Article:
Monday, March 30, 2009


I made my first refashion in high school. I took one of my father's white work shirts, cut the collar off and left it mandarin style (I think that's what it's called) and drew Milo on the backwith a Sharpie. I loved Milo. *sigh* It was so easy to love a drawing of a fictional person based on a real person. High school was weird.

Then my parents sent me to Catholic school (we weren't even Catholic! Reform school, more like.) And I was required to wear a lovely wool kilt every day. Plus, I was only allowed to wear a white or yellow shirt, and navy or 'fleshtone' pantyhose. It was very hard to be fashionably creative in this environment, but I did manage to turn an old kilt into a pair of suspenders to jazz things up. Paired with an antique top hat, it made my kilt much more palatable. I had to take my top hat off in morality class, though.

So this whole trend of turning men's dress shirts into other things is really compelling for me.

For the fashionable mom from Just Tutes. I love this, but waiting for J to be done with 5 shirts is going to take awhile. He does have a nice assortment of stripes and plaids, though.

For the fashionable kiddo from Lillipops Designs. If I could get away with wearing things like this myself, I would. Hmmmm. Food for thought. I love every single thing in Lillipop's shop.

But everyone has to start somewhere, so I used Cheytown's Button Shirt to Button Dress tute which I seem to be the last person in blogland to try. But I am very pleased with the results.

When I cut it out, I made the inside of the shirt the outside of the dress, which gave me a nice instant sort of kickpleat in the middle. I did try the knifepleats for the trim at the top. For the bottom, I cut a curved piece hoping for a ruffle, but I think I didn't curve it enough and it is sort of just a contrasting hem. But I love it anyway. The length is a little over the top, but somehow matches the style. I think it kind of says "My dad was a goth and my mom watched Beetlejuice too many times, but I am really a princess, aren't I?"

Excuse the poor pictures. I was hoping to take some better ones, but with all the sawust in the house, it isn't going to happen any time soon.

Sunday, March 29, 2009

Just under the wire

I finally finished up my entry for Heather Ross's Weekend Sewing Design Challenge. It's very interesting how much I have learned about myself as I worked on it. And it worked hand in hand with a couple other things to enlighten me. First off, here is my entry.

One of the things I have learned recently is: I have no style. I mean, current style. I used to have style, in my own way. But ever since I had kids, it has just been whatever I can cram myself into that doesn't have holes in it. And recently, that has been an incredible challenge. Apparently I can only go about 2 years without buying a pair of pants before I have holes in every single knee - right and left, though left always goes first.

Second, I am fat. Oh, you wouldn't think it to see me on the street, no. But I am. Fat enough that when I went to try on dresses to wear to my brother's wedding in June? Oh, I can't even tell you how awful it was. I can never show my face in J Crew again.

So I have had to think a lot about style to do this project. What was it that used to drive my style, and how do I recreate that in an adult sort of way. In high school and college, I had one pair of ripped patched jeans. ONE. I also wore cargo pants long before it was cool. And Chucks long before they were cool. In fact, 7th grade was sheer torture because Keith Cronin refused to stop teasing me about them, and I refused to stop wearing them. Keith, I'm sure you have grown up now. I forgive you.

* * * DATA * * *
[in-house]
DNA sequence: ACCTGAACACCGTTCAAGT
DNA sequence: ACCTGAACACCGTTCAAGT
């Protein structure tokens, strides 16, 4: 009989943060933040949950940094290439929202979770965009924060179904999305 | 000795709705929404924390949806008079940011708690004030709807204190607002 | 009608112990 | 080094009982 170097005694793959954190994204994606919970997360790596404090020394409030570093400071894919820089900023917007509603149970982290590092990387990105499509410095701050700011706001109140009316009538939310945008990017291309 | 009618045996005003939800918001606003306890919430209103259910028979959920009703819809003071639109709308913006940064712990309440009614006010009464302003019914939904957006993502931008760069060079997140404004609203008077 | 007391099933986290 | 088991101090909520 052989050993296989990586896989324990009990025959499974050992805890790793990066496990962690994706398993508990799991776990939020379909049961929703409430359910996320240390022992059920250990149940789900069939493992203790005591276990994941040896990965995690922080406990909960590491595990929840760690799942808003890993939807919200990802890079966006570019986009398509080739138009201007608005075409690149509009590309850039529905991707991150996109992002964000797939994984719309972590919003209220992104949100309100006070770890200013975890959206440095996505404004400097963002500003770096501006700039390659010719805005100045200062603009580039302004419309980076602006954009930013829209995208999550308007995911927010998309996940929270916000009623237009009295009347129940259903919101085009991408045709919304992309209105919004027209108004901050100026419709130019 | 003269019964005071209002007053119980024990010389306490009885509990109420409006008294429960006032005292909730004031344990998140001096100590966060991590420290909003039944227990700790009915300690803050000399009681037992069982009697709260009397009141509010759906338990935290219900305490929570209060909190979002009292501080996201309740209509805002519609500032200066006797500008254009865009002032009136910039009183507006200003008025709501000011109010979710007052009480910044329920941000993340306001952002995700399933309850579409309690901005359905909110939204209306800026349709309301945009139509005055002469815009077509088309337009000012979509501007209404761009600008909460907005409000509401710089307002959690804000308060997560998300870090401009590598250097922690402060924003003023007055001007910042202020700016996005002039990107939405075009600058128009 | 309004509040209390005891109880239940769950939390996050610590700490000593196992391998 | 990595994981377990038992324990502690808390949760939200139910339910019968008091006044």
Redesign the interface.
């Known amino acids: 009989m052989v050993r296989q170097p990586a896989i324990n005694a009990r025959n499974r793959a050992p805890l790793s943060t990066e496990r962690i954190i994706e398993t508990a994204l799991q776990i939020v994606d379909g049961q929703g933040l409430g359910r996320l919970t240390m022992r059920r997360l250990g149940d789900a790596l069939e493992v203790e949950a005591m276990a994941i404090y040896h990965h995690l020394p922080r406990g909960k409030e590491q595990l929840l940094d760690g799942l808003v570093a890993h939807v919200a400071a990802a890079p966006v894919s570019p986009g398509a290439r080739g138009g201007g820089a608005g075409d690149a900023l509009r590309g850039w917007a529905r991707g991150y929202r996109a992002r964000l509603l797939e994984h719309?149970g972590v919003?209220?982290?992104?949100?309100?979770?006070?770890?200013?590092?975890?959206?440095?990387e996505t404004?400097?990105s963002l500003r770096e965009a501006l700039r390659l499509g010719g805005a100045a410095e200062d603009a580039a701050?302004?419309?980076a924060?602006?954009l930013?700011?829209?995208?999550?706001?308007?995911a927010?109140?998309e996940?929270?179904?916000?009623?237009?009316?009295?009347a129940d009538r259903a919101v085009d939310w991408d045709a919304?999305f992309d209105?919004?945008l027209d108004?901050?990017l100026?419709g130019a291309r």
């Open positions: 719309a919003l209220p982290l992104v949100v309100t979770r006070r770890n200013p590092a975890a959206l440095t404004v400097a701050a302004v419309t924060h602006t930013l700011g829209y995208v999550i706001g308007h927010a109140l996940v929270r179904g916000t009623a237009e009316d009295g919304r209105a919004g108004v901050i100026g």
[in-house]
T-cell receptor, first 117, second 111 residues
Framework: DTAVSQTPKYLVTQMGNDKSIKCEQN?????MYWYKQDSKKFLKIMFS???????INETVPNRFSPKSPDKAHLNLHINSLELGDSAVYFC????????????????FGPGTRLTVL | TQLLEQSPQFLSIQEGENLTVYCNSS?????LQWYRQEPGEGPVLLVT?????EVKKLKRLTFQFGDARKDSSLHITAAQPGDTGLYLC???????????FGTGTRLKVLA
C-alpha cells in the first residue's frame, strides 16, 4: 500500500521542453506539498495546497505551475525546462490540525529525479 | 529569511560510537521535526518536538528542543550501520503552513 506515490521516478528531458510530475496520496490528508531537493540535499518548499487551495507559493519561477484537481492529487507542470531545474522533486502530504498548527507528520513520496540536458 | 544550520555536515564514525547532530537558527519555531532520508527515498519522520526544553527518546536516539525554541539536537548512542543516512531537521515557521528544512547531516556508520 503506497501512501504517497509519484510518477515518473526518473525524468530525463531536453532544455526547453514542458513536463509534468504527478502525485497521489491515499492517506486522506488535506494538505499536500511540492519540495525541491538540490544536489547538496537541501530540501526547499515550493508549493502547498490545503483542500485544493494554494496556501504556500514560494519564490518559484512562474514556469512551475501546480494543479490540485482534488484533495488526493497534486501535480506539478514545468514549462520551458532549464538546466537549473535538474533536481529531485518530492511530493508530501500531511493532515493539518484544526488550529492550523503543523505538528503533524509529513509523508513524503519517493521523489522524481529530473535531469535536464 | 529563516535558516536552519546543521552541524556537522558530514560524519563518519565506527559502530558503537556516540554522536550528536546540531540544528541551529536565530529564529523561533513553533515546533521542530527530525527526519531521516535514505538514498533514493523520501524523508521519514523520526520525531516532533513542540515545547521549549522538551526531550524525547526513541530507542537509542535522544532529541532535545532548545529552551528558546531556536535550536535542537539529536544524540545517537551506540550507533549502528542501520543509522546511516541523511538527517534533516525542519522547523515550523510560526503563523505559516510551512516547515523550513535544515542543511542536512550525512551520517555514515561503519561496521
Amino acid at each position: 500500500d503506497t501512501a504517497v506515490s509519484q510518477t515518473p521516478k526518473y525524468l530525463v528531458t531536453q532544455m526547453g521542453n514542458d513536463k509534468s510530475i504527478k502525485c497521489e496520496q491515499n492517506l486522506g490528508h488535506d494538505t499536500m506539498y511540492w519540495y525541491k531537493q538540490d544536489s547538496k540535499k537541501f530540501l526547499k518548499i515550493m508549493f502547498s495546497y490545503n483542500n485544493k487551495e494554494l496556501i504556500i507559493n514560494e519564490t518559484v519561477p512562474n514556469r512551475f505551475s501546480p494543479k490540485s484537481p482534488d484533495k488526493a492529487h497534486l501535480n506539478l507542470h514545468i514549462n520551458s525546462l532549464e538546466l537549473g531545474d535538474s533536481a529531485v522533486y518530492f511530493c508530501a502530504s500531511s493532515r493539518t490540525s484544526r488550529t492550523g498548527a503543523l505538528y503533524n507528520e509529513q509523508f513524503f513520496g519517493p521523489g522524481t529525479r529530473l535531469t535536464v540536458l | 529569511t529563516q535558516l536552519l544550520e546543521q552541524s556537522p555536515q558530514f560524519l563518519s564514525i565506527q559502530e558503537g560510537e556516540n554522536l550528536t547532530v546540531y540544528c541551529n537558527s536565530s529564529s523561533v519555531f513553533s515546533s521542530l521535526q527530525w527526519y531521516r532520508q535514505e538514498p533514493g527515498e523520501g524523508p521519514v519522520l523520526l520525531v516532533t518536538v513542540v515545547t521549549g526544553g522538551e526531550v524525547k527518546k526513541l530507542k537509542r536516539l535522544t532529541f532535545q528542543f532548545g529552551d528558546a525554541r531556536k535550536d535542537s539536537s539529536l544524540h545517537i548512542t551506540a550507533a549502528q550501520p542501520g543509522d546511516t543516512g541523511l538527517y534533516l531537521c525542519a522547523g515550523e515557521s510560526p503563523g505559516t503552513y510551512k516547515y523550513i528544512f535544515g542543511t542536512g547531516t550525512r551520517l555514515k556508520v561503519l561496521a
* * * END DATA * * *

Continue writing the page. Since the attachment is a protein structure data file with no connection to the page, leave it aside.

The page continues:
Other than that, I wore collared shirts, white v neck t-shirts and a jean jacket with Darth Vader on the back. So my style is simple, first off. And moderately tailored. But with a little kick. I can't wear Chucks anymore, to my great dismay. Now I wear Birkenstocks 24/7. I own the two pairs on my worksheet and one other pair. Grownup feet need more support. Sigh.

So I went into Kohl's the other day to buy Blue a swimsuit. And while I didn't find her an appropriate swimsuit (Gag - no, not Hannah Montanah, pleeease!) I did stumble into the women's clothing section. Believe me when I say that Kohl's has been there for 3 years and I have never been in the women's section before. I have been in the section right in front of you as you walk in, but never in the women's section in the corner. You know, with the slightly preppy stuff. Hm, now that's interesting. My friends would never describe me as preppy, but - moving on.

So I went to the sale rack on a whim and grabbed a few things to try on. And I scored a velvety black cropped jacket for 90% off of $80. And it's cute. It gave me hope, and I dragged a few other things in to try on. (Ivy was thrilled as you might imagine.) I have a very smart friend who said recently (right before the dress-shopping horror episode) "Just try on some things you would never try on and see how they look." This is just what my mother said to me during the prom-dress-buying horrorshow of '88. But on my way from the sale rack to the changing room, I grabbed things at random, in many sizes (because I don't even know what size I am). And I came away with not only the jacket, but a cute black bias cut skirt for ($3!), a white t-shirt with a knot between my boobs that looks fantastic (who woulda thunk it?) and a flowy shirt with a square cut neck - also adorable. Yeah, and a new pair of jeans with no holes.

I apologize if I am rambling. I am on my 8th cup of coffee.

Anyway lately I've been thinking a lot about fashion. What would I want if I had a weekend all alone to sew? What would really be my style? What would look good, not just frumpy. First, I made a few rules for myself. I wanted everything to be mix and match - Grrranimals style. And I was kind of stuck on the combination of red and light blue/aqua that I saw on the Feathered Friends fabrics. I am very much a fan of blue, white and green, but red is a different color for me. So I made a few things red, but my stock items are blue and white. My clothes were not allowed to have any dangly things. Ivy and Blue are awful with anything like ties on my pajama pants and such. Nothing like giving a kid a handle to undress you. I don't wear earrings or bracelets or necklaces for the same reason. But I am a fan of rings. And I haven't looked at rings in a long time either.